Walmart's DCs are among some of the largest warehouses in the world. According to Walmart, each center:

  • Is more than 1 million square feet

  • Employs 600+ personnel

  • Ships over 200 trailers each day

Day-to-day operations at each DC vary greatly, depending on various factors, like the type of products, the geographic location it serves, the volume of incoming and outgoing merchandise, and the level of automation at the center. Regardless of its specific qualities, each Walmart DC is a massive facility that employs a large workforce and highly sophisticated technology to manage the complexities of product distribution.

Cross-Docking

Cross-docking plays a key role in Walmart's inventory strategy at distribution centers. With this process, Walmart synchronizes the scheduling of all inbound and outbound items. This means that when inbound inventory arrives, it is immediately loaded onto a waiting outbound truck/trailer. This method reduces the need for storage space and helps keep costs down. 

Vendor-Managed Inventory

Walmart also utilizes a strategy called Vendor-Managed Inventory (VMI). The VMI process means the product manufacturer or source takes the responsibility for managing the inventory within Walmart's DCs. Walmart's VMI model shares inventory and sales data with their suppliers through Retail Link. Using that data, suppliers decide where and when to send products. Walmart then oversees the distribution and stocking process. Overall, this strategy fosters a closer supplier-retailer relationship, cuts inventory costs, and helps keep fulfillment at 100% of its potential.

Technology

Walmart's advanced technologies allow the company to develop highly customized logistical solutions tailored to the needs of each distribution center. These technologies enable Walmart to optimize warehouse layouts, streamline inventory replenishment, enhance efficiency, and, most importantly, meet the needs of its customers with precision.

In 2021, Walmart partnered with Symbotic to bring high-tech automation into its supply chain processes. With Symbotic technology, Walmart's regional distribution centers can automatically sort, store, retrieve, and pack merchandise onto pallets. This automation reduces the manual labor of their employees while increasing efficiency and minimizing errors.

In their initial partnership announcement, Walmart committed to rolling out the technology to 25 RDCs. More recently, Walmart has announced plans to bring high-tech automation to all 42 RDCs. The Symbotic partnership is just one example of Walmart's work to continue serving as an innovation leader in the supply chain. 

Sustainability

In addition to its ever-increasing technological capabilities, Walmart is focused on expanding its sustainability efforts. By 2040, Walmart wants zero emissions across its global operations. This goal will fundamentally change certain ways that DCs currently operate. Walmart plans to:

  • Use 100% renewable energy to power their facilities, including their DCs.

  • Zero out emissions on all transportation, including their long-haul trucks shipping merchandise to and from their DCs.

  • Move to low-impact refrigerants for cooling and electric equipment for heating at their DCs.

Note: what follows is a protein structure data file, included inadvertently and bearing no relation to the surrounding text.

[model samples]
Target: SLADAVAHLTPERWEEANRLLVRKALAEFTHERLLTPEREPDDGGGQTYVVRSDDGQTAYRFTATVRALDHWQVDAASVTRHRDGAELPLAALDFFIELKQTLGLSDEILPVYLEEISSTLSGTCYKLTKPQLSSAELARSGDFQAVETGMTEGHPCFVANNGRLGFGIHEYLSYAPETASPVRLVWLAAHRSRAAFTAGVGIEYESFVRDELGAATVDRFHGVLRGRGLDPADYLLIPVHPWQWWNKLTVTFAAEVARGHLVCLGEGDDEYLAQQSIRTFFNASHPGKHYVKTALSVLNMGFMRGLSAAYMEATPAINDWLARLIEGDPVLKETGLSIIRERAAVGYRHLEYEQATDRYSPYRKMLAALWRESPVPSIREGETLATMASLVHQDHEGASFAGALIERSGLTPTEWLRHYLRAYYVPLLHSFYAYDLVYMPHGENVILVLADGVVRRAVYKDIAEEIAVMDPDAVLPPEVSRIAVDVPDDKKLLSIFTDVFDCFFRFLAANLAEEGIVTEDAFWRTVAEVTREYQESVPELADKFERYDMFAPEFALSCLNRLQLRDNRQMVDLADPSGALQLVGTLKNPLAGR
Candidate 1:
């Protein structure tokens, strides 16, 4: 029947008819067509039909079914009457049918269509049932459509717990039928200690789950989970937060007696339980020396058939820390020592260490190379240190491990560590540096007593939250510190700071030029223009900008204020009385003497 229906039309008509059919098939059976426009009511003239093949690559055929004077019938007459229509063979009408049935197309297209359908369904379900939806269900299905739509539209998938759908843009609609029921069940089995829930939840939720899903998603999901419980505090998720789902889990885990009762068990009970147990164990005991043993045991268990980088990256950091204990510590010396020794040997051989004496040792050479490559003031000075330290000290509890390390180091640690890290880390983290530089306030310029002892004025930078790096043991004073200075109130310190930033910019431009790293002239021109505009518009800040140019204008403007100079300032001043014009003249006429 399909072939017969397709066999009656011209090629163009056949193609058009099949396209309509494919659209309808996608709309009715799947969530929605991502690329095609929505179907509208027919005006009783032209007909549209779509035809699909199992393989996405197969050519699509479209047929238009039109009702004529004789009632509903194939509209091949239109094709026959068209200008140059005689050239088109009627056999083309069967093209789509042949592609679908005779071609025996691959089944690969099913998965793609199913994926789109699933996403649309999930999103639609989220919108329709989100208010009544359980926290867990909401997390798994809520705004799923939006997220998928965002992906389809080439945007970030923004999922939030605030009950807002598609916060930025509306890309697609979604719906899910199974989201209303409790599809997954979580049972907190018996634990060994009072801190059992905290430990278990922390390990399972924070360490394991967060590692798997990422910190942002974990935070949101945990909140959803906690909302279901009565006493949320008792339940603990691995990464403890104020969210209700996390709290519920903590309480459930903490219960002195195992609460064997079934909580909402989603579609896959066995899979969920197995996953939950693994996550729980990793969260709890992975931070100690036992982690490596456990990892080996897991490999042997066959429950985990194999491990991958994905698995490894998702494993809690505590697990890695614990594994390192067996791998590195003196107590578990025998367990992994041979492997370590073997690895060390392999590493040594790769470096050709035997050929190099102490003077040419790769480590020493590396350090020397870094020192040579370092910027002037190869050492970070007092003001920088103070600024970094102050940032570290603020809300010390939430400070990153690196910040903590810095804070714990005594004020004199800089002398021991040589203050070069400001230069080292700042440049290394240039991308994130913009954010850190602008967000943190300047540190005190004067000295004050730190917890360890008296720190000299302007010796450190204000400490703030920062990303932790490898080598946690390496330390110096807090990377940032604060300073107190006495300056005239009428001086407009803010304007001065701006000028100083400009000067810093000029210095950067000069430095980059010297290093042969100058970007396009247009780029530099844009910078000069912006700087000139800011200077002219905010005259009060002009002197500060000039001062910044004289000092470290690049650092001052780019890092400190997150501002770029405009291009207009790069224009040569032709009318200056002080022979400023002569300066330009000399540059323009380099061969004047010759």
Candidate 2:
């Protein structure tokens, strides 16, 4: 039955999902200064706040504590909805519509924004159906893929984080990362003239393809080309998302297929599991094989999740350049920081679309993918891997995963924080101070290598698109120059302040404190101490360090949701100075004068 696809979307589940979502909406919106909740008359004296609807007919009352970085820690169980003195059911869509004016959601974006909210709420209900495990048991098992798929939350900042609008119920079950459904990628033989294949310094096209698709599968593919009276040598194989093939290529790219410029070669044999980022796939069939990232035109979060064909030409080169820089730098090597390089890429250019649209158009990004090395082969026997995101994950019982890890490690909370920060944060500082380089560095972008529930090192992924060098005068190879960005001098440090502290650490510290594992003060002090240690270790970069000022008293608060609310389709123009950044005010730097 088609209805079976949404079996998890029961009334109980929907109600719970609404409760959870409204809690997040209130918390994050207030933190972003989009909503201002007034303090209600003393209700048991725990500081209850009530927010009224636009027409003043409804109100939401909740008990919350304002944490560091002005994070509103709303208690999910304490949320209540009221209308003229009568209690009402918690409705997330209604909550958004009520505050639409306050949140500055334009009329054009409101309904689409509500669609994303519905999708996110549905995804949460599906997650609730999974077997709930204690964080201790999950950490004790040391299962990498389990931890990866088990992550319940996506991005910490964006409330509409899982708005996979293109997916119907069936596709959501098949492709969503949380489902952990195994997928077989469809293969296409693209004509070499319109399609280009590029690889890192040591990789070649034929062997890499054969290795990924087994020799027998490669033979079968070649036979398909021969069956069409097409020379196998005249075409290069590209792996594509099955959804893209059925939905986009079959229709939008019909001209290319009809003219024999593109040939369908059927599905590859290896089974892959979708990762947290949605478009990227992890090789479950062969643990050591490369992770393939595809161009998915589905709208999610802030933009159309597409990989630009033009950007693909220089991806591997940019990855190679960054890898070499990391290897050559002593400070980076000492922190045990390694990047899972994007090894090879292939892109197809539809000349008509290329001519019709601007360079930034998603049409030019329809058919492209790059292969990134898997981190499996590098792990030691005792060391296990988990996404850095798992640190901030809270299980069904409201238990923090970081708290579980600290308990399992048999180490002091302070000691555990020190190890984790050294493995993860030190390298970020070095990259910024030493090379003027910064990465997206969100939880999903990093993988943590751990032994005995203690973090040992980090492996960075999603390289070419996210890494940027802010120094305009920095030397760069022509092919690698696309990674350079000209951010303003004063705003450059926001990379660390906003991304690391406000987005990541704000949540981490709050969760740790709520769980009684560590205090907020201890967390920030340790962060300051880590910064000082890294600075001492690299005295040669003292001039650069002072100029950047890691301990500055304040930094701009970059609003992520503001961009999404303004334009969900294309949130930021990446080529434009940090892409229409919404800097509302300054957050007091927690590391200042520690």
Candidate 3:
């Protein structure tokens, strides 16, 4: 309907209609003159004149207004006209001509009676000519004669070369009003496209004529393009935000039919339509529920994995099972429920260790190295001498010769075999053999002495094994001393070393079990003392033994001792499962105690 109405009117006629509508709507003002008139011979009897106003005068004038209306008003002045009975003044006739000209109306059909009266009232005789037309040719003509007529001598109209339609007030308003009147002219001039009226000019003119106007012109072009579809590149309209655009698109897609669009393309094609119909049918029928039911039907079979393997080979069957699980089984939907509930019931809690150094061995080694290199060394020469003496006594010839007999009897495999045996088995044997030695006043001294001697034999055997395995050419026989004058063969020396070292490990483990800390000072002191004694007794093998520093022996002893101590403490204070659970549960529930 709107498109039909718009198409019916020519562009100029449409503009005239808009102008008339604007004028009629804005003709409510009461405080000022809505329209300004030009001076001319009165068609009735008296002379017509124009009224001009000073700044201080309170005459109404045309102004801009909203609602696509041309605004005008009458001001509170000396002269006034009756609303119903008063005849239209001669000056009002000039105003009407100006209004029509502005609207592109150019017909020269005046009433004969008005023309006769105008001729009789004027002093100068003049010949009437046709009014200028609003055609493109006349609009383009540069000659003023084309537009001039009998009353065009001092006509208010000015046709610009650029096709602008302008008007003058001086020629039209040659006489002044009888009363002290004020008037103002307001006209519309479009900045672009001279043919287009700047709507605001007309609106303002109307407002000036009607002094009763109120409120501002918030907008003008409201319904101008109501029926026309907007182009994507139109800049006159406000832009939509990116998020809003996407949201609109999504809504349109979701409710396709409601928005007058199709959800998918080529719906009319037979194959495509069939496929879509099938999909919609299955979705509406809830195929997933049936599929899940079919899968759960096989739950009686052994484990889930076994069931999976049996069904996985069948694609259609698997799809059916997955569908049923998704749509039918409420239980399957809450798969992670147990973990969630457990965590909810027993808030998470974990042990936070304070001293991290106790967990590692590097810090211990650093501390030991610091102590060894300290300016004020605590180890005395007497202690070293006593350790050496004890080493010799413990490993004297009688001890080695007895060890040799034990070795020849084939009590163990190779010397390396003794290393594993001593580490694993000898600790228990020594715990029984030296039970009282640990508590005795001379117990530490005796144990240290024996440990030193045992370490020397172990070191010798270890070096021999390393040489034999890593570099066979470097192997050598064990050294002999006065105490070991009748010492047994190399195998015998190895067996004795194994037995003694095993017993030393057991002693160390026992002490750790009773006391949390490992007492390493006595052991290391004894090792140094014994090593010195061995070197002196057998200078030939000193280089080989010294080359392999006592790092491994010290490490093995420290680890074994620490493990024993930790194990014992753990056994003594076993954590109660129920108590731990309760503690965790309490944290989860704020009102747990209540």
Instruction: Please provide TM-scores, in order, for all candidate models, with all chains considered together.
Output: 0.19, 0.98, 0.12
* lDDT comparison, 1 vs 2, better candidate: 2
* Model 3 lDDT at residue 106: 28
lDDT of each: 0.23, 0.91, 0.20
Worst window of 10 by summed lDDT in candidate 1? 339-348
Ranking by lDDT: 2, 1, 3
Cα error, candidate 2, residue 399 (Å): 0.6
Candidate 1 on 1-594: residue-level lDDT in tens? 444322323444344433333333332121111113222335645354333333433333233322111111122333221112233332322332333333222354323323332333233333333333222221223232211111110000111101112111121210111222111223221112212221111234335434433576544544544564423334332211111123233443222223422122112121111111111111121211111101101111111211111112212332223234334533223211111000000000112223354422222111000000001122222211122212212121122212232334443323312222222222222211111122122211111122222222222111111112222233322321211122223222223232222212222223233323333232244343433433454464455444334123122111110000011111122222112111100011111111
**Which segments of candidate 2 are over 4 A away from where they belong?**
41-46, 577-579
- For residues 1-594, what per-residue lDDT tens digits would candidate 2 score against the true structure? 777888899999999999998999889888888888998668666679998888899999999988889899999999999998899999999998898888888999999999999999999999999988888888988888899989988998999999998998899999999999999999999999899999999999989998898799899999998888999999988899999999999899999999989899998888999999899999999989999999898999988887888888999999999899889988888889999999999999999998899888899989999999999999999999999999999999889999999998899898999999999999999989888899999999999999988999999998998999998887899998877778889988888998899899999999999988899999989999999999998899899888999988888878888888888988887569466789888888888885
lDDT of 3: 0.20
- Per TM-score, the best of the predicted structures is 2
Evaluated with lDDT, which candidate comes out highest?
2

In addition to its efforts, Walmart also leans on its suppliers to meet sustainability goals by implementing sustainability standards and initiatives across the supply chain. This includes encouraging suppliers to adopt environmentally friendly practices, reduce greenhouse gas emissions, minimize waste, and responsibly source their products. 

Potential Distribution Challenges for Suppliers

Both suppliers and retailers face distribution challenges due to the complex nature of supply chain operations. A few challenges suppliers should keep in mind are:

Timely Delivery: Suppliers must maintain on-time delivery to DCs to avoid OTIF fines. Failure to meet OTIF requirements results in a 3% cost of goods sold fine from Walmart.

Quality Control: SQEP, Walmart's Supplier Quality Excellence Program, requires suppliers to meet a certain standard of quality, including purchase order accuracy, barcoding and labeling, packaging, loading, and pallet quality. Failure to meet standards can induce fines on a PO and unit level.

Compliance: Walmart has a high standard for its suppliers, requiring them to adhere to a comprehensive set of policies and regulations encompassing areas such as product safety, ethical sourcing, and supply chain security.

Communication: In order to avoid problems or resolve issues, suppliers need to stay in close communication with their merchant team, ensuring the effective distribution of their products. 

SupplyPike's Solution

For suppliers, these challenges can translate into fines, deductions, and lost dollars and time. SupplyPike is on a mission to transform the day-to-day of suppliers by preventing retailer fines with automated software.

Meet with our team to find out how SupplyPike can help you fight deductions, meet compliance goals, and analyze root causes with our software for Walmart.

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Written by Stacy Tan

About Stacy Tan

Stacy is the SVP of Retail Insights for SupplyPike. She brings a decade of knowledge and experience working directly with Walmart merchandising teams.

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Stacy Tan

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SupplyPike

SupplyPike helps you fight deductions, increase in-stocks, and meet OTIF goals in the built-for-you platform, powered by machine learning.